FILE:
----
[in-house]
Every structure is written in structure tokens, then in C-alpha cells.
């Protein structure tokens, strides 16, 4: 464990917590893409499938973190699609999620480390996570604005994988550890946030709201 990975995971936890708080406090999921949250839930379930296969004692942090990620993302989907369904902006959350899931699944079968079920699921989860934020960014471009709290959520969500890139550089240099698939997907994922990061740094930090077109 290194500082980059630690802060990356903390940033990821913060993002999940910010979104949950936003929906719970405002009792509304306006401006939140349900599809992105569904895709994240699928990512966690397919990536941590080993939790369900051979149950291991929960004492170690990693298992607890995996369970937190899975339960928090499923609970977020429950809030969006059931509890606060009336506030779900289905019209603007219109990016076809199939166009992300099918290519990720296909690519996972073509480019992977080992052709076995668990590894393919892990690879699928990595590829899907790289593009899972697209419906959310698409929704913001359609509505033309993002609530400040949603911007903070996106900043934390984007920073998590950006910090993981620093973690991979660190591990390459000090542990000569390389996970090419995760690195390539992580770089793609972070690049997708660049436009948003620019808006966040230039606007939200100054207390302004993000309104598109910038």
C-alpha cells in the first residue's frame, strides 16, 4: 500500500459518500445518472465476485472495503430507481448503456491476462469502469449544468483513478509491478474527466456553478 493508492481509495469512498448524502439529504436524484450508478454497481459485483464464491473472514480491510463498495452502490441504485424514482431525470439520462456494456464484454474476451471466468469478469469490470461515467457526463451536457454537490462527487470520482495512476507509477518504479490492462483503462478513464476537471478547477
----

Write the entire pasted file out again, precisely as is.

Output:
[in-house]
Every structure is written in structure tokens, then in C-alpha cells.
């Protein structure tokens, strides 16, 4: 464990917590893409499938973190699609999620480390996570604005994988550890946030709201 990975995971936890708080406090999921949250839930379930296969004692942090990620993302989907369904902006959350899931699944079968079920699921989860934020960014471009709290959520969500890139550089240099698939997907994922990061740094930090077109 290194500082980059630690802060990356903390940033990821913060993002999940910010979104949950936003929906719970405002009792509304306006401006939140349900599809992105569904895709994240699928990512966690397919990536941590080993939790369900051979149950291991929960004492170690990693298992607890995996369970937190899975339960928090499923609970977020429950809030969006059931509890606060009336506030779900289905019209603007219109990016076809199939166009992300099918290519990720296909690519996972073509480019992977080992052709076995668990590894393919892990690879699928990595590829899907790289593009899972697209419906959310698409929704913001359609509505033309993002609530400040949603911007903070996106900043934390984007920073998590950006910090993981620093973690991979660190591990390459000090542990000569390389996970090419995760690195390539992580770089793609972070690049997708660049436009948003620019808006966040230039606007939200100054207390302004993000309104598109910038």
C-alpha cells in the first residue's frame, strides 16, 4: 500500500459518500445518472465476485472495503430507481448503456491476462469502469449544468483513478509491478474527466456553478 493508492481509495469512498448524502439529504436524484450508478454497481459485483464464491473472514480491510463498495452502490441504485424514482431525470439520462456494456464484454474476451471466468469478469469490470461515467457526463451536457454537490462527487470520482495512476507509477518504479490492462483503462478513464476537471478547477